INSTITUTO DE FISIOLOGIA VEGETAL
Unidad Ejecutora - UE
congresos y reuniones científicas
A SALIX SPP. SHORT ROTATION COPPICE SYSTEM IN BUENOS AIRES, ARGENTINA: EFFECTS OF CLONAL COMPOSITION, PLANTING DENSITY AND DRIP IRRIGATION ON BIOMASS PRODUCTION.
DOFFO, GUILLERMO; ACHINELLI, FABIO; LUQUEZ, VIRGINIA; ETCHEVERS P
Congreso; IPC 2016; 2016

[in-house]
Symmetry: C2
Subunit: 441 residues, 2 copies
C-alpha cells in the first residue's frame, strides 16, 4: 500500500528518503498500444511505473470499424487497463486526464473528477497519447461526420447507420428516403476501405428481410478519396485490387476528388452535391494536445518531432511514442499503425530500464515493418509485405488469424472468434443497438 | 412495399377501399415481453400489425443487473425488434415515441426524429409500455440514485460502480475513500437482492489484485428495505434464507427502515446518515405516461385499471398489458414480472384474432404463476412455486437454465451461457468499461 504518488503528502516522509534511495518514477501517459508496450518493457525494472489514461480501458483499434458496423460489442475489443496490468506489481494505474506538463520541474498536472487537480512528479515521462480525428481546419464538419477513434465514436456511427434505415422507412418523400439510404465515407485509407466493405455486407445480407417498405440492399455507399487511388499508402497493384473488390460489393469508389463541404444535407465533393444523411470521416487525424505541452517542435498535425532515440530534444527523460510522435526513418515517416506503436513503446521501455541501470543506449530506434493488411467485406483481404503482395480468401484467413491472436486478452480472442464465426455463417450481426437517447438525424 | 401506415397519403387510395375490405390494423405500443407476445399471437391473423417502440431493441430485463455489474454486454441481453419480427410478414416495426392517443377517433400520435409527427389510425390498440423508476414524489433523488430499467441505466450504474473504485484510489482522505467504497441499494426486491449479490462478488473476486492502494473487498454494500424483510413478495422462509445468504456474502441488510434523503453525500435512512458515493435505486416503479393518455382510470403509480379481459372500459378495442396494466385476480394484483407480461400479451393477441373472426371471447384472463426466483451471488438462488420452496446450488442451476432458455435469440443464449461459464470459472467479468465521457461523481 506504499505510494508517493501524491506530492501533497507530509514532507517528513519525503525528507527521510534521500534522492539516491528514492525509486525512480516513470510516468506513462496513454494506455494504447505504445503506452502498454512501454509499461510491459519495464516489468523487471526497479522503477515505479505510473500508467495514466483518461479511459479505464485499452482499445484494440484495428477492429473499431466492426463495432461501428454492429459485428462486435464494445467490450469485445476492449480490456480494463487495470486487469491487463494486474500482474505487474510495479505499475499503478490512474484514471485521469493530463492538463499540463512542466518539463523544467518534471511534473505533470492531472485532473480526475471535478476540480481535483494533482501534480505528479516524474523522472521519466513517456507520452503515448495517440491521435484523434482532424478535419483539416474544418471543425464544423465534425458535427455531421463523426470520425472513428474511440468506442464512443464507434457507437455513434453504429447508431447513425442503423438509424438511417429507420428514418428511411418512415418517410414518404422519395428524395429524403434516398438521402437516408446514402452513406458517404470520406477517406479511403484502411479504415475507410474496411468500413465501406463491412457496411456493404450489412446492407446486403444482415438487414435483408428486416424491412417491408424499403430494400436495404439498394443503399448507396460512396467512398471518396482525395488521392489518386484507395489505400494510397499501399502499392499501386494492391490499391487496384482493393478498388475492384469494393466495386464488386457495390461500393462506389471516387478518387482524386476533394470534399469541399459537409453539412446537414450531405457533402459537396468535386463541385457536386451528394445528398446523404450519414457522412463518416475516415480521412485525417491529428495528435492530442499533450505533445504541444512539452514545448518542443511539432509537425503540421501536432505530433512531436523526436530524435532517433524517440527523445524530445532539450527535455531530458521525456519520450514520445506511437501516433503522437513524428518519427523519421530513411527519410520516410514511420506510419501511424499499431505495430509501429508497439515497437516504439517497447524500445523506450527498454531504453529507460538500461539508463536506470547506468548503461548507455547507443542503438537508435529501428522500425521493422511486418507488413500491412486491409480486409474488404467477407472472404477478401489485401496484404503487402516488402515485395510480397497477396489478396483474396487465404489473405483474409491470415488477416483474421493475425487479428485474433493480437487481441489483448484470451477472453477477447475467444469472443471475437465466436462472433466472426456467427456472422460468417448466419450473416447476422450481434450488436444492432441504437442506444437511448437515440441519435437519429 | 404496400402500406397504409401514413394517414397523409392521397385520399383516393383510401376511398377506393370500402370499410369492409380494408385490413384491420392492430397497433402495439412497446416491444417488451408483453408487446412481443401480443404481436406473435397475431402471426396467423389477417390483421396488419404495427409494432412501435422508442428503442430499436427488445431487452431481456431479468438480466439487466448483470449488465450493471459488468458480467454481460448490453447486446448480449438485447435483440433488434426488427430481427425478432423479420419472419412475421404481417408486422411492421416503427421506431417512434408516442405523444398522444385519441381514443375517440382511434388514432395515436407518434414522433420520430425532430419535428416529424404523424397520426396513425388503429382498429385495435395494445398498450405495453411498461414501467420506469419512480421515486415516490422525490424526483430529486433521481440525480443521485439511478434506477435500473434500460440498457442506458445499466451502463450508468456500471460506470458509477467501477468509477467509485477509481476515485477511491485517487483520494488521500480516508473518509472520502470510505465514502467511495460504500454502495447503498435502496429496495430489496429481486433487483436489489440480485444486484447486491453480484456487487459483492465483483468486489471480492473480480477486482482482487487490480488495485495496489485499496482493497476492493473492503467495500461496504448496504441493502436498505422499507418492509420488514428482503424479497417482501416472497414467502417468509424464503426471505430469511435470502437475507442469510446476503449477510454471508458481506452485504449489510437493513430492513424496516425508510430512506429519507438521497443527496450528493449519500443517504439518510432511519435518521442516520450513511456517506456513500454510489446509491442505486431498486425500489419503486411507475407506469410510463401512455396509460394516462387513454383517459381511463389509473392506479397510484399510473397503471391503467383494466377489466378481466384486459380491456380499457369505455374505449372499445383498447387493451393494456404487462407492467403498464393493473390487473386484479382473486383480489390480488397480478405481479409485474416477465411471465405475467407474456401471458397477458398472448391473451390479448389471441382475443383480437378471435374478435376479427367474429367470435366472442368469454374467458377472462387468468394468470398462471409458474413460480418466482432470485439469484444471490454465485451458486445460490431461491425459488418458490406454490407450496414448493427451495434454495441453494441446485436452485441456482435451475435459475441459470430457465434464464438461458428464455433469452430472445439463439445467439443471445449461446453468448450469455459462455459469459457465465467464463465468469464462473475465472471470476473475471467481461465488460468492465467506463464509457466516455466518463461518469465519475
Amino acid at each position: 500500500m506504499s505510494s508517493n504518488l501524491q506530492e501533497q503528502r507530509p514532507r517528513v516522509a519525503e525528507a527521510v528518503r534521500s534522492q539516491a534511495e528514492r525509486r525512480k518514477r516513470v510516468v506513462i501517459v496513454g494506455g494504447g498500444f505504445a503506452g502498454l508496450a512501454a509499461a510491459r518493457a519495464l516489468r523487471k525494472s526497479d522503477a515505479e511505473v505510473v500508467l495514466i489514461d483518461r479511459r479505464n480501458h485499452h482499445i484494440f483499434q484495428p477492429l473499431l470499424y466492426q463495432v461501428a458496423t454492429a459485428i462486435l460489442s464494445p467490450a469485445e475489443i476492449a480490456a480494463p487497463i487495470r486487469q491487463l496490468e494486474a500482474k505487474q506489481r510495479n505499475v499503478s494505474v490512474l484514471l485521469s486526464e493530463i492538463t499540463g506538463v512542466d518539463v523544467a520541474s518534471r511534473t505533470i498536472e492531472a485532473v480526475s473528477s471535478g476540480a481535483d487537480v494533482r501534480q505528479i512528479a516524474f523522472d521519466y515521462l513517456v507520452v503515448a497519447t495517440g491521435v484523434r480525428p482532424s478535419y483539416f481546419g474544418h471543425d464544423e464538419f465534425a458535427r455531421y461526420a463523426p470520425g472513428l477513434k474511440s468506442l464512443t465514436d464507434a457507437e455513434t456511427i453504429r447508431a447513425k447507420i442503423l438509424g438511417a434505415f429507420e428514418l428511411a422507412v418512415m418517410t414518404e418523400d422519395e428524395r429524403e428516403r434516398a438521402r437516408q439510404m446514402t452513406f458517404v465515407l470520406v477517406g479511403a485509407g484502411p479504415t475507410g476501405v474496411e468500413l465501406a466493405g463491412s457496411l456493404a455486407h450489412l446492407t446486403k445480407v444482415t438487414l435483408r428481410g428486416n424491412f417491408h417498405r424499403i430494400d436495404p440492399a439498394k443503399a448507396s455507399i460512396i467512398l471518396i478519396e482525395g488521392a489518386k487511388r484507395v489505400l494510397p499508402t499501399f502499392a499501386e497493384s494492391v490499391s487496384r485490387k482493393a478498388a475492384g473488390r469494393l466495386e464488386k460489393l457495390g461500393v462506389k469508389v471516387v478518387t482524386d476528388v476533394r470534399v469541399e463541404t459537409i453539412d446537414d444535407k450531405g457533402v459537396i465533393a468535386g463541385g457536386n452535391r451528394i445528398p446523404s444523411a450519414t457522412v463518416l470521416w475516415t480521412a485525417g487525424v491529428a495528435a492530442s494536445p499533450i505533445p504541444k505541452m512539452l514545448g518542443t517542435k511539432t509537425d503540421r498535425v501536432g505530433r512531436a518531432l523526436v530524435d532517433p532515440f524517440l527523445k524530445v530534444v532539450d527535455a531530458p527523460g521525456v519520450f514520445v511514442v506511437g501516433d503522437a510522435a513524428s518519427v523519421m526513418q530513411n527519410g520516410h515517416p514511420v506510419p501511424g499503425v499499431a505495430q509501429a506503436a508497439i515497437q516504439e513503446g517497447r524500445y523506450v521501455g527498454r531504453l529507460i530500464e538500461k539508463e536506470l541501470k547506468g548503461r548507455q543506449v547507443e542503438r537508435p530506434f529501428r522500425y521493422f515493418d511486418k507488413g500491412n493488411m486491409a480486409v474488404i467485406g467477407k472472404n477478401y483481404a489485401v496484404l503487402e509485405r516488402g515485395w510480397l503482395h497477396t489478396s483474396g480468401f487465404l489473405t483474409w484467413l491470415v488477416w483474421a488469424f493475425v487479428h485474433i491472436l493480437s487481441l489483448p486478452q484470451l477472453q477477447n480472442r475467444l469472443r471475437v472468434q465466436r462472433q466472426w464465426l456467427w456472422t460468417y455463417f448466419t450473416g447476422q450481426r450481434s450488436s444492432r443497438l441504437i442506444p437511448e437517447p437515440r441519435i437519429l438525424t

In Argentina, renewable sources represent 9.4% of the primary energetic matrix, of which only 5% correspond to bioenergy sources. During the last decade, the country needed to increase fossil fuel imports due to a pronounced fall in national reserves. As a consequence, there is a growing interest from government and companies about the use of wood biomass to produce energy through firing or co-firing processes. One obstacle for the development of these projects is the scarcity of information about the local productivity of dendroenergy crops, and about the suitability of this biomass to produce energy. We established a tree-factor factorial field trial with a willow (Salix spp.) short rotation coppice system (SRC) to evaluate the effects of drip irrigation, genotype and planting density on the yield and quality of the biomass. The eight treatments were arranged in a split-split plot design and replicated in three complete blocks. The trial was planted on an agricultural soil in September, 2012 and harvested every year from 2013 to 2015. The variables determined for each treatment were yield (t/ha dry mass at 105°C), lower heating value (LHV, cal/g) and total ash content (TAC, %). During the first season (September 2012-April 2013) drip irrigation was not applied because soil was saturated or at field capacity for most of the growing period. Clone Salix alba `Yaguarete INTA-CIEF´ had significantly higher yields than clone Salix matsudana x Salix alba `Barrett 13-44 INTA´ (11.94 ± 0.88 t/ha vs. 9.49 ± 1.14 t/ha). The increase of plantation density from 13333 plants/ha to 20000 plants/ha correlated with higher yields, but the effect was statistically significant only in plots of clone Barrett 13-44. In the two following years, drip irrigation was applied to irrigated plots, with resulted in the addition of 543 mm (2013-2014) and 843 mm of water (2014-1015) to rainwater. In both seasons irrigation was the only factor with statistically significant effects on biomass production, where irrigated plots produced higher yields compared to non-irrigated ones (21.76 ± 0.98 t/ha vs. 16.94 ± 1.07 t/ha during 2013 ? 2014 season; 19.03 ± 1.48 t/ha vs. 11.99 ± 1.22 t/ha during 2014 ? 2015 season). LHV and TAC were determined on 2013-2014 harvest only. The mean LHV for all samples was 4654 ± 25.5 cal/g, with no significant differences between treatments, while for TAC marginally significant differences (0,05